Commercial Real Estate Needs Are Changing, Here’s How to Evolve Your Brokerage
By William Church @ Real Estate Daily
April 2, 2018

There’s been a fundamental shift in commercial real estate. Offices are no longer a simple room with cubicles and fluorescent lighting. Instead they need to be amenity-rich workplaces that help companies attract and retain employees. How does this affect the way that Realtors and landlords do business?

Moving forward Realtors will have to get familiar with the different amenities each space offers and other perks that tenants might be interested in. Landlords will also need to start offering more amenities within their buildings, whether these are large or small, in order to meet tenant expectations. Commercial real estate may be changing, but that means you have a chance to pull ahead of the pack.

Key Takeaways

  • Companies like Google have pioneered a revolution in a workplace design.
  • Even small employers are now under pressure to offer a workplace with full amenities and a variety of environments to attract and retain employees.
  • To stay ahead of the curve landlords need to offer more amenities and Realtors need to learn about the special perks of each location.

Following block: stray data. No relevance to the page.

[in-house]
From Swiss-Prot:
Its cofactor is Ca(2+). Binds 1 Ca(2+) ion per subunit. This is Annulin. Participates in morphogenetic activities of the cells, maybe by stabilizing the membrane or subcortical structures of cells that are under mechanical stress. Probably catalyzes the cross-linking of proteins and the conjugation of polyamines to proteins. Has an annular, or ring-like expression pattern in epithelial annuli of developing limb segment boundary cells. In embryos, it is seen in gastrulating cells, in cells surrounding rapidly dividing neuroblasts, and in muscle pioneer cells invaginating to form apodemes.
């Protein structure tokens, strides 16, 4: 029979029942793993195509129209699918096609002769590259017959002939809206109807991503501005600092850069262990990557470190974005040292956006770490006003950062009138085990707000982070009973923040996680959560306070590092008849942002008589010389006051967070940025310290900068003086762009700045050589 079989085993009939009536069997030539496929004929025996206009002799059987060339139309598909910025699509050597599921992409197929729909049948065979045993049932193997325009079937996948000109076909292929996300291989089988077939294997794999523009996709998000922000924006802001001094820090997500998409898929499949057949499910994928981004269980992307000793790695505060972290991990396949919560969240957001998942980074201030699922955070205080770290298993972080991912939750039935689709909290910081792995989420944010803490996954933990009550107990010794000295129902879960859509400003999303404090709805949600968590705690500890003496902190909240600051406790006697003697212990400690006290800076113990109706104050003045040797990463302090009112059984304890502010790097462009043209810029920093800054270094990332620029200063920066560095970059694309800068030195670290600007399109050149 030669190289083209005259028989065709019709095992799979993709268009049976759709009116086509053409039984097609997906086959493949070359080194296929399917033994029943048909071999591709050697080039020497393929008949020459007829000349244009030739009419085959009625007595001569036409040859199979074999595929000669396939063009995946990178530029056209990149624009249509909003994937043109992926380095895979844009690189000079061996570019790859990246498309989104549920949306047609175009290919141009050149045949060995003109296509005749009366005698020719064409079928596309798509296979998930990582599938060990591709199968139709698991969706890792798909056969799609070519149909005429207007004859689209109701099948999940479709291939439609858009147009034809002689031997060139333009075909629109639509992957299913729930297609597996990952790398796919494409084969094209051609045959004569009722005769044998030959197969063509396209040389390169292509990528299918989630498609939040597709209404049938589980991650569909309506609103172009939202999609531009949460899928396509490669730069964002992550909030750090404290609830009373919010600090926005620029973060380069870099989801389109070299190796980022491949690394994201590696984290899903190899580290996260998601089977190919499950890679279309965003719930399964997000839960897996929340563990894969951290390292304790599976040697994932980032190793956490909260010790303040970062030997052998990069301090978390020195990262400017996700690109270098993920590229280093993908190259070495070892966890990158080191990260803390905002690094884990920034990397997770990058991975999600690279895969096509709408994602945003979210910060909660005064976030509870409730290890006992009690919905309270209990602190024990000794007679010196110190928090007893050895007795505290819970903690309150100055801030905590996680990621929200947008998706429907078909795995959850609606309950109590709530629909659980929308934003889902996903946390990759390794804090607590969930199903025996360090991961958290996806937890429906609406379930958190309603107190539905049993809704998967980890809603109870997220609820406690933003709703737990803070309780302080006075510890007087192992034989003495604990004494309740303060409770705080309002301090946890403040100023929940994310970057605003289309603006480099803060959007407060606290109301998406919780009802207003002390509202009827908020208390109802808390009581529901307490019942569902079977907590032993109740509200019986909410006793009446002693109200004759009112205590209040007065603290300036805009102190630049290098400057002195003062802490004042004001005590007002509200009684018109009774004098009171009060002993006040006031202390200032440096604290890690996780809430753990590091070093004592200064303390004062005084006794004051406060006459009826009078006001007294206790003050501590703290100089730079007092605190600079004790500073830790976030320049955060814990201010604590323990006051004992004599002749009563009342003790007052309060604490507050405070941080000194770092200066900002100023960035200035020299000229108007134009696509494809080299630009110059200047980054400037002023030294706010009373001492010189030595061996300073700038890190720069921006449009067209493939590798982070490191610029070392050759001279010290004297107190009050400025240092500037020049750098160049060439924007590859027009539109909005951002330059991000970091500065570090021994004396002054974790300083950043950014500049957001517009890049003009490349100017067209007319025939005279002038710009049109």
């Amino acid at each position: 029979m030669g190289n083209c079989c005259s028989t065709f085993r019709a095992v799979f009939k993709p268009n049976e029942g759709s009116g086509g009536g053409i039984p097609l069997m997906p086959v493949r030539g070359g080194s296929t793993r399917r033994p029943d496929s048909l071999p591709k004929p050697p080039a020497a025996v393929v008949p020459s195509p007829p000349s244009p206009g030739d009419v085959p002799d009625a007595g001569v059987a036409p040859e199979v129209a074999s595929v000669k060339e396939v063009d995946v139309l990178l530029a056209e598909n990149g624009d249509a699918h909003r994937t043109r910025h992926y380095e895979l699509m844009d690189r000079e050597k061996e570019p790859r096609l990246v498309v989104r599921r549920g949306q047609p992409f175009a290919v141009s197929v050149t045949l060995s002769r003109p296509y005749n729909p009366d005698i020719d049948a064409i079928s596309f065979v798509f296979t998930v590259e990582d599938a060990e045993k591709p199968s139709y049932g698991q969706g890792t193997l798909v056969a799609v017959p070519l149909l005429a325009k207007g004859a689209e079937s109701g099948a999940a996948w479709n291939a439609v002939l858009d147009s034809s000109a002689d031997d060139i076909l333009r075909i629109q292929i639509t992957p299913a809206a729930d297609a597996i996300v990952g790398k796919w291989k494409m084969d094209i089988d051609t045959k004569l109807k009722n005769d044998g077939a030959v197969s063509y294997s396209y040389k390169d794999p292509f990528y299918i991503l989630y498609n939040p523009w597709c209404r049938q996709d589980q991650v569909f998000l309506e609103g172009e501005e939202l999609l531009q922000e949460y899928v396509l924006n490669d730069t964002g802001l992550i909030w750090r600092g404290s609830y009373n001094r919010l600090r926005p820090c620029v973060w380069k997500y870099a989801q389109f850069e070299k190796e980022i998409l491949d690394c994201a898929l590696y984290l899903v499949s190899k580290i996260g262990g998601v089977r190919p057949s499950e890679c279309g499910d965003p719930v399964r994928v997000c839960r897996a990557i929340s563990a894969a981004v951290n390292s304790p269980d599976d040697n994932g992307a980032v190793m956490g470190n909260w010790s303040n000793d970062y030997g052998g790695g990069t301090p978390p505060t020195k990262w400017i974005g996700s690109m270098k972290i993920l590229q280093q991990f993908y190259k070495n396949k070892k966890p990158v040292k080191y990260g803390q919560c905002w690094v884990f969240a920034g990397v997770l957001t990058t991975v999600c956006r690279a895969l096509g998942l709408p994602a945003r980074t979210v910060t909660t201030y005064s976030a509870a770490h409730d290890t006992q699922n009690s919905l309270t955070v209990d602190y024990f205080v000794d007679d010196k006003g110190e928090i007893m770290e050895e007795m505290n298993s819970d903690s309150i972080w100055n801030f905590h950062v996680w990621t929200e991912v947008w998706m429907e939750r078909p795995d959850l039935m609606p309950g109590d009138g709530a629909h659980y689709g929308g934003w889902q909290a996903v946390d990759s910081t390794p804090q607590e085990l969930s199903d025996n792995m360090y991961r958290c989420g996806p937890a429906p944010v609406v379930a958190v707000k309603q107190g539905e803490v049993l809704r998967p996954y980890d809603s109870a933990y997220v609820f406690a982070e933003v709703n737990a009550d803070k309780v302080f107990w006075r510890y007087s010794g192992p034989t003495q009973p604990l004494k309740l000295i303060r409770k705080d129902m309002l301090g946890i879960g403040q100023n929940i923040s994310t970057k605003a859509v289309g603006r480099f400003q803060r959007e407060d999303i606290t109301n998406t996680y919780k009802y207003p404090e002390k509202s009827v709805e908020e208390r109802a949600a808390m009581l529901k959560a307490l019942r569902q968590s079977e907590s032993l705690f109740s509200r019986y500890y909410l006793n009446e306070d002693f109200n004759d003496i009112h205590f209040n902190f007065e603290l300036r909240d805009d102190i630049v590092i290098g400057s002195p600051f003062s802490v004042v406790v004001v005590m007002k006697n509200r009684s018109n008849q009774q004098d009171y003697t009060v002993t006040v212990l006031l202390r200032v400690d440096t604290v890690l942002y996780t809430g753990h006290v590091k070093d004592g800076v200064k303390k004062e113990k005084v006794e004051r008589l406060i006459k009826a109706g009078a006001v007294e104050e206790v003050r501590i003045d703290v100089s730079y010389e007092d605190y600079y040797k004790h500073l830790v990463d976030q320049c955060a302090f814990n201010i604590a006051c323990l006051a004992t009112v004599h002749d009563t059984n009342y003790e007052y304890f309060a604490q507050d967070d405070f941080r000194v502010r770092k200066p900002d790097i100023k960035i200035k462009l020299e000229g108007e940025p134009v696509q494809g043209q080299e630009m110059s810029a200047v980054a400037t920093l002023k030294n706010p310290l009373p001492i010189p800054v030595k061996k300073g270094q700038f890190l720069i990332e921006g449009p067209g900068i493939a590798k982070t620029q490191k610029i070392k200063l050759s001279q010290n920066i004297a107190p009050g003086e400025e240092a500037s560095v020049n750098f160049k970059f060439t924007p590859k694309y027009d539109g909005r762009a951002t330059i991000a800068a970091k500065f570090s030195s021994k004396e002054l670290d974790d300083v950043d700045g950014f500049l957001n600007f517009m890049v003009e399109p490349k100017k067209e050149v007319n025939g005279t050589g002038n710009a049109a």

The most significant innovations of the last century have a couple of common elements: They solved simple problems in the lives of everyday people, and almost nobody recognized that these problems needed to be solved.

Legend has it that Henry Ford said, “If I had asked people what they wanted, they would have said faster horses.” Modern transportation, internet you can take with you, the ability to easily connect with someone on the other side of the planet — no one really wanted these things before they were invented. But soon after these innovations became widely available, people could not imagine life without them. Chances are, you never knew you needed a smartphone. But now, imagine giving it up for a day and being without directions in your pocket or the answer to any question at your fingertips. There’s simply no going back.

But despite such large shifts, one daily environment has remained stubbornly unchanged for decades: the office.

Despite a tight labor market putting pressure on employers to attract talent, the vast majority of the corporate workforce still works in dull, cubicle-laden office buildings, designed solely for space efficiency and with no regard for human-centered design. Yet we know environments can have a profound impact on our mental health and work output, and we know that experience matters more and more for the next generation of leaders. The office of today is not very conducive to the innovative thinking needed to create the products of tomorrow.

View the original article at Forbes